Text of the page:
The talent is out there. If you wanted a very good musician for a project, last century you could turn to an alumna of Ellington’s band. In the compliance arena, you can do no better than hiring someone who has been under the gun, so to speak, and worked for or with a company under significant DOJ scrutiny. So, sit back, listen to some great music by the Duke and ask around about who has gone through such an experience. If you want to populate your compliance team, it is a great way to do so.

This publication contains general information only and is based on the experiences and research of the author. The author is not, by means of this publication, rendering business, legal advice, or other professional advice or services. This publication is not a substitute for such legal advice or services, nor should it be used as a basis for any decision or action that may affect your business. Before making any decision or taking any action that may affect your business, you should consult a qualified legal advisor. The author, his affiliates, and related entities shall not be responsible for any loss sustained by any person or entity that relies on this publication. The Author gives his permission to link, post, distribute, or reference this article for any lawful purpose, provided attribution is made to the author. The author can be reached at tfox@tfoxlaw.com.

© Thomas R. Fox, 2012

1 Comment »

  1. I agree with your sentiments however I feel in this corporate world maybe you are aiming for utopia.

    I believe in best practice, not tick the box compliance and I try to be unbiased and let the analytics paint the picture. I try to put the customer and business first but by pursuing excellence I have been persecuted.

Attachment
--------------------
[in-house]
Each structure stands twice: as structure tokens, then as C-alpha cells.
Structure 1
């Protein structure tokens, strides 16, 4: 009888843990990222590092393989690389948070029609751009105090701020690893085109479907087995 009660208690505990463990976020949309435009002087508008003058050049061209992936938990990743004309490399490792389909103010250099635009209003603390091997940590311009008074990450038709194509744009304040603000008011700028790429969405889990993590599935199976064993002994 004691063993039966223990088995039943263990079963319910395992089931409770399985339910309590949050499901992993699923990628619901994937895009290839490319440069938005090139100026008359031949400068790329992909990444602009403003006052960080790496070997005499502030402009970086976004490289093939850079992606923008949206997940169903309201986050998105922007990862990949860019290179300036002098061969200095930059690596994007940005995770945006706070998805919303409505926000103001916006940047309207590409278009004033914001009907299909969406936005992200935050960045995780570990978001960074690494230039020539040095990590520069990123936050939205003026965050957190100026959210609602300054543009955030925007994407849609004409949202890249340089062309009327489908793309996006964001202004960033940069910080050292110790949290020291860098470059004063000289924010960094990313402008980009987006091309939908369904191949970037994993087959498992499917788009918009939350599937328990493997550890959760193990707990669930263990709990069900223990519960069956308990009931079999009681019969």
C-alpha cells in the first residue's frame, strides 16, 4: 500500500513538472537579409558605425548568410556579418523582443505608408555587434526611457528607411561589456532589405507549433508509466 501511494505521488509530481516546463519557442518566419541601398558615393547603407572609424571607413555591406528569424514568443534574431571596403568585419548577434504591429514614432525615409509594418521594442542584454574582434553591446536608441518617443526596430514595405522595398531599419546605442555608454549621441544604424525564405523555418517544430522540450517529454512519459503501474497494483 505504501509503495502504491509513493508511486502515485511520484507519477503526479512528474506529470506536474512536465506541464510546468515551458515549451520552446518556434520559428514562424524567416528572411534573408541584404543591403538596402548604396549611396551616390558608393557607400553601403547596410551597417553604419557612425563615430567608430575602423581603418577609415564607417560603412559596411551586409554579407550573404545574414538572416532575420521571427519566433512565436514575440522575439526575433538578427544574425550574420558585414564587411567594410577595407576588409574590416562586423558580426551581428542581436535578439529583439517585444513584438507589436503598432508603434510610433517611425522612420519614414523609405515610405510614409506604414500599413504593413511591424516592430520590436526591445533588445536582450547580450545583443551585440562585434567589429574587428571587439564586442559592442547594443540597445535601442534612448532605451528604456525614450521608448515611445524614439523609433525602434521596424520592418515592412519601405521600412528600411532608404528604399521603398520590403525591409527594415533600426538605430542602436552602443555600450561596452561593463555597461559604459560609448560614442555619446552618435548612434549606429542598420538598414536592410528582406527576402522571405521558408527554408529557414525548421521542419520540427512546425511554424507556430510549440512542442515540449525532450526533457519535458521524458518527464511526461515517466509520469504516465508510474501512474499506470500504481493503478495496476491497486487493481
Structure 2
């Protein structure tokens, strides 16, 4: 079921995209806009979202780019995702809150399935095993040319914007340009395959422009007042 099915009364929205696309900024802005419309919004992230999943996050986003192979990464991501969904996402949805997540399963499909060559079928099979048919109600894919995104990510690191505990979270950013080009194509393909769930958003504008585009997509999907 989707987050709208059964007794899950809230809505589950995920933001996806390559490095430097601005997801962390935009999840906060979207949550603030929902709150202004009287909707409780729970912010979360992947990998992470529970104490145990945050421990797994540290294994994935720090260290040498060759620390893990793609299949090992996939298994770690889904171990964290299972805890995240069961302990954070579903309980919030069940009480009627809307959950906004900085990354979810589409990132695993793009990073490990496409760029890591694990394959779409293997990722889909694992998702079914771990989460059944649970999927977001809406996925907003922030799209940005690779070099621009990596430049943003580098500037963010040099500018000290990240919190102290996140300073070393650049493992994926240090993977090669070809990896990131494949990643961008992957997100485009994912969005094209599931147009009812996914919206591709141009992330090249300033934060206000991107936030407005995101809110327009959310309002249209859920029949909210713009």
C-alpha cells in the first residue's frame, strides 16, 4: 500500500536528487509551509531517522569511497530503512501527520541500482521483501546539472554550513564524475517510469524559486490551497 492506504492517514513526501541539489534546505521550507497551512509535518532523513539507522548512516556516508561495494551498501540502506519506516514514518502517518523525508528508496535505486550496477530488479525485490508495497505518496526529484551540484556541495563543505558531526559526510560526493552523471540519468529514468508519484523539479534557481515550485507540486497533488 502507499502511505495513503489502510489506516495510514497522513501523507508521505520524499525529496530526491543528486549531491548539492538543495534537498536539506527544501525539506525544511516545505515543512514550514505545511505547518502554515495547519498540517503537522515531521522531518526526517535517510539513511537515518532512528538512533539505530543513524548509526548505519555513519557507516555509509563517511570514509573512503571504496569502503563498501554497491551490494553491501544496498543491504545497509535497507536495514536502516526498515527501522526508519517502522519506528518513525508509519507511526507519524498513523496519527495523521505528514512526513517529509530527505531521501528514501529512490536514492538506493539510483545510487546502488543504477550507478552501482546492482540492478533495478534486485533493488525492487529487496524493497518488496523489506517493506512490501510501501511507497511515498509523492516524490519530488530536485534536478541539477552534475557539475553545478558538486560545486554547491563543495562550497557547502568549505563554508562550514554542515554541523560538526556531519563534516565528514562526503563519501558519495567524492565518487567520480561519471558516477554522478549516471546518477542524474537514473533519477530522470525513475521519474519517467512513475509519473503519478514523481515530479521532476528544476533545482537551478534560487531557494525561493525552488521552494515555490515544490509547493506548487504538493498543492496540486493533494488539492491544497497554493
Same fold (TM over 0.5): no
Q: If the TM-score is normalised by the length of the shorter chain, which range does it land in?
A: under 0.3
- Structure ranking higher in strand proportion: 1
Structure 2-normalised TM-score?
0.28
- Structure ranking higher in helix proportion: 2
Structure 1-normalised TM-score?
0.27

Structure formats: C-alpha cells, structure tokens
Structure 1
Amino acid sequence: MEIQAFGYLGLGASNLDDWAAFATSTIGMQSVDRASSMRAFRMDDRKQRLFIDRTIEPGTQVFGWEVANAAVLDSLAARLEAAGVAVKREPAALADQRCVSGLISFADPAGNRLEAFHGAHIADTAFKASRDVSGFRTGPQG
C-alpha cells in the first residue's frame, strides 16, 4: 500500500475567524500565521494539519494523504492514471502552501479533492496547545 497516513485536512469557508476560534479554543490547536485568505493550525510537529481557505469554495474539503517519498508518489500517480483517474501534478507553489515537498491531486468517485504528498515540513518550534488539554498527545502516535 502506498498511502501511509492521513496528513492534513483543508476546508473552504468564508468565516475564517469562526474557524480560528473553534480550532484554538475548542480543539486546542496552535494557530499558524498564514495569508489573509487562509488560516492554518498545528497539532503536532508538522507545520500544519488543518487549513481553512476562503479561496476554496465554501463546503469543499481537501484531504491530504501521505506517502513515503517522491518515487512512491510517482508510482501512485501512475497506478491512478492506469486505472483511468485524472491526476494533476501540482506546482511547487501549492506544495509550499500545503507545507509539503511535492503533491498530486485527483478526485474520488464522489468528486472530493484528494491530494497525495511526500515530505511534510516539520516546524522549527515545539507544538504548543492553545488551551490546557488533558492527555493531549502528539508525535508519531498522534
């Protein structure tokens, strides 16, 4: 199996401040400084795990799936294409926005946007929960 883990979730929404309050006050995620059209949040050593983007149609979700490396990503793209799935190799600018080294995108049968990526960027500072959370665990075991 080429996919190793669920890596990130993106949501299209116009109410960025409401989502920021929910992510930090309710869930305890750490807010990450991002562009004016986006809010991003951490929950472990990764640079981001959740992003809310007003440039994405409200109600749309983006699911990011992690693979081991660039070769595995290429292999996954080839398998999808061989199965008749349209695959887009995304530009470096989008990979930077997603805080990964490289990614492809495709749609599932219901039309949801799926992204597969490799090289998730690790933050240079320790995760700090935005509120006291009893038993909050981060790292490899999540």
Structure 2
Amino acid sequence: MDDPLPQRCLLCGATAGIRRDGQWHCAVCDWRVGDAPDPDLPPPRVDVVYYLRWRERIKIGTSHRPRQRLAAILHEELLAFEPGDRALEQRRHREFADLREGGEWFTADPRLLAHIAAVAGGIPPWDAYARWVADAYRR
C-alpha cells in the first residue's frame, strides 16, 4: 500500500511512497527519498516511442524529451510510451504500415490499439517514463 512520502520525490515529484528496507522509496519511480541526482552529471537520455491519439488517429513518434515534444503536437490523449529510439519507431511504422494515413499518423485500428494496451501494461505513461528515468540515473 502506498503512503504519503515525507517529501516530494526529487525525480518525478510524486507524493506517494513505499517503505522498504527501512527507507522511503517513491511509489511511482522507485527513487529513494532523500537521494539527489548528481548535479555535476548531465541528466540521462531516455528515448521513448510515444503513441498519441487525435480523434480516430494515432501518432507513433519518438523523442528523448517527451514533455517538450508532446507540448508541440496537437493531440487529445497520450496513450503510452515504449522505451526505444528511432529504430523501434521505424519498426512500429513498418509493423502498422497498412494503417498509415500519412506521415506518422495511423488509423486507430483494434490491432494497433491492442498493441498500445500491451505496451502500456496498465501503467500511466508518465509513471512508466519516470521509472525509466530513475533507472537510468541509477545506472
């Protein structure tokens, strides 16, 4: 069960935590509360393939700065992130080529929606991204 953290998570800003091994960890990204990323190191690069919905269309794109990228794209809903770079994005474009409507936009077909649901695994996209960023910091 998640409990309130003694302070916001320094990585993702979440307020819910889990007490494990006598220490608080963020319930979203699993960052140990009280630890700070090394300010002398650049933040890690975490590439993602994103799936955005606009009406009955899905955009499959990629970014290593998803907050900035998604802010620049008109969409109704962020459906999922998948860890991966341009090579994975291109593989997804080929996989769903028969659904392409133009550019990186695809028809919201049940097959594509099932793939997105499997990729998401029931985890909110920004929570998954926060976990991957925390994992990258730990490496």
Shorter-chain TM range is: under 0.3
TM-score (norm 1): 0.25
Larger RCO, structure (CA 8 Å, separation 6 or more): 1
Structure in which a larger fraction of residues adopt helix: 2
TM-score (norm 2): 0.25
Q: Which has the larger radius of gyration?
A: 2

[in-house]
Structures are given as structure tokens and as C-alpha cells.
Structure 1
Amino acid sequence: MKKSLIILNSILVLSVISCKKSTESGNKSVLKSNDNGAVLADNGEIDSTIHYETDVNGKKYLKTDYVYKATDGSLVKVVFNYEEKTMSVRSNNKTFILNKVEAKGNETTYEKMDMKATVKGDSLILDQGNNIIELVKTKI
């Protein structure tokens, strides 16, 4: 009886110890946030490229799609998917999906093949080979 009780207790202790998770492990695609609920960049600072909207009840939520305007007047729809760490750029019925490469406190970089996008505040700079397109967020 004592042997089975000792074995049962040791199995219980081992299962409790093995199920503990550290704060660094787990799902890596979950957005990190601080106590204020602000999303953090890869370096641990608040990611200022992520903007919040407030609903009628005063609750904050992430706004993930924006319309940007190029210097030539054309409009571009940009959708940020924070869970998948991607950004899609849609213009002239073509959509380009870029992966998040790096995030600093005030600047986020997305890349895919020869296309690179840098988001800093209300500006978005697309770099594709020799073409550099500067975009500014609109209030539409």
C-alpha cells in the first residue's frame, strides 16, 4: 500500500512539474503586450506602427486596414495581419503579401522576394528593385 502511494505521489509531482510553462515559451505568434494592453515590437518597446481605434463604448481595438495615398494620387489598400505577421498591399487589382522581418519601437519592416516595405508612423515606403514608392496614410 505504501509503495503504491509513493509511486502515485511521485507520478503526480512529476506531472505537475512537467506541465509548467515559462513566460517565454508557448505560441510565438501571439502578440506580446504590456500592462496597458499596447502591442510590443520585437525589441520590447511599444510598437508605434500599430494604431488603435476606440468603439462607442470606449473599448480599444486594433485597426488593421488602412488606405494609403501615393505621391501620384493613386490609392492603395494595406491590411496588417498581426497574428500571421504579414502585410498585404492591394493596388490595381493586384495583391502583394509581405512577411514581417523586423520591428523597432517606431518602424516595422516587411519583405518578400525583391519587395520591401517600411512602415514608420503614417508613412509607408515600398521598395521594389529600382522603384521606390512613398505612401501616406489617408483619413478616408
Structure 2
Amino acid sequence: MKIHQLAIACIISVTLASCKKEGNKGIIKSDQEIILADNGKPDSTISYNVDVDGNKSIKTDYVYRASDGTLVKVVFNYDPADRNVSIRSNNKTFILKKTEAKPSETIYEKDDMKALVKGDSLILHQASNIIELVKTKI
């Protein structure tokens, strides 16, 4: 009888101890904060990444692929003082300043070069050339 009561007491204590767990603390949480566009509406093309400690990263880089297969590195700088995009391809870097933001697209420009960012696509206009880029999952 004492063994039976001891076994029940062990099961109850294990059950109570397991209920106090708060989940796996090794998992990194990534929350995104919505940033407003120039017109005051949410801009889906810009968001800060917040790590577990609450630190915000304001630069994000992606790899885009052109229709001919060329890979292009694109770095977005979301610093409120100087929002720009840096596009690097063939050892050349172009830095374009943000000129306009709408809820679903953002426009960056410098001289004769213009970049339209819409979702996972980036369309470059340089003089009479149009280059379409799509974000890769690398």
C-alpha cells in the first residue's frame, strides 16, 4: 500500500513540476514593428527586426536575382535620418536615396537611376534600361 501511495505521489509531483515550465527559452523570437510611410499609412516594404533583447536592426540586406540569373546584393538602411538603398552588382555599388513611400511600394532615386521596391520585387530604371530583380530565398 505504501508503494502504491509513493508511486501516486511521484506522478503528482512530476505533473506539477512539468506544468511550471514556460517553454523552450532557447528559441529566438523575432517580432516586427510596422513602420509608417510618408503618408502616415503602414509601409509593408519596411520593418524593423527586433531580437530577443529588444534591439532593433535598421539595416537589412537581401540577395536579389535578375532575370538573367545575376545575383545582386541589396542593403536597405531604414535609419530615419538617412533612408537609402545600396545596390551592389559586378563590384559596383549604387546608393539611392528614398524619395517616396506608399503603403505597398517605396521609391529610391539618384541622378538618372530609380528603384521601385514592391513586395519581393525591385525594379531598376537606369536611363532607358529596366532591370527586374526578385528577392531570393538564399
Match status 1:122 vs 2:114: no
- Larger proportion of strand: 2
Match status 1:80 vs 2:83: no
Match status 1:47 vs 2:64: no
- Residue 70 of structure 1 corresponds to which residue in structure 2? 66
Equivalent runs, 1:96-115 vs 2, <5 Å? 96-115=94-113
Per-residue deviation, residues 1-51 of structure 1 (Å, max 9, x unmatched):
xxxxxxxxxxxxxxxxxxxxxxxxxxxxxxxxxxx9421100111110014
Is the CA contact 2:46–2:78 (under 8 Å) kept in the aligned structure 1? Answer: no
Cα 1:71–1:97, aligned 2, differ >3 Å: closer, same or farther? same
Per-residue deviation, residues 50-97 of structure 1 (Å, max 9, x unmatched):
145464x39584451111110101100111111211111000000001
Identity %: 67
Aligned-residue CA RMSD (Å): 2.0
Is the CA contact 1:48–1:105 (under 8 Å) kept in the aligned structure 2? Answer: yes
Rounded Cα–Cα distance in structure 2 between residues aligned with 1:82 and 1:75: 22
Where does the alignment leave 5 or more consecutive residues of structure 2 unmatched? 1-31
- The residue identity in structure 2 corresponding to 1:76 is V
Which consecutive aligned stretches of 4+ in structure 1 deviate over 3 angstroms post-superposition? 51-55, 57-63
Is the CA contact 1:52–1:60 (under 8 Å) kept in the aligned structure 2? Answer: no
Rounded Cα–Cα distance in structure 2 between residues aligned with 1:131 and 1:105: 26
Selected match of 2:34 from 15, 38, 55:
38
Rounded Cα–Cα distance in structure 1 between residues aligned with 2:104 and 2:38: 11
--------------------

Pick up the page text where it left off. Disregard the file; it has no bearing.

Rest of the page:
Bullied, yelled at for refusing to load a customer without KYC evidence. Given a bad review for raising concerns based on solid analytics about the inability of business to support business continuity for offshored functions in event of a collapse. Given heat because I discovered managers had not done compliance training for three years. Let go after raising concerns to HR about a bullying manager, my colleague also left due to this manager, who remains at the company. We raised concerns independently and together.

    So whilst it is nice to aim for utopia if your best compliance officers are not supported then they will either leave the compliance business or they themselves will become corrupt or turn a blind eye.

    Food for thought. I’m still interested in compliance as a profession but am sitting on the fence about to topple into the “it’s not worth it” pool. I loved my work but the toxic environments made trying to achieve best practice compliance impossible and detrimental to health.

    My views are held by many in my profession – the good ones. I have seen many taking stress leave for 3 or 4 months at a time or become retrenched or fired as their “views” do not fit business corrupt ideals.

    But corruption breeds corruption. Want good compliance – don’t shoot the messenger.

    Comment by Lisa — December 11, 2012 @ 3:59 am | Reply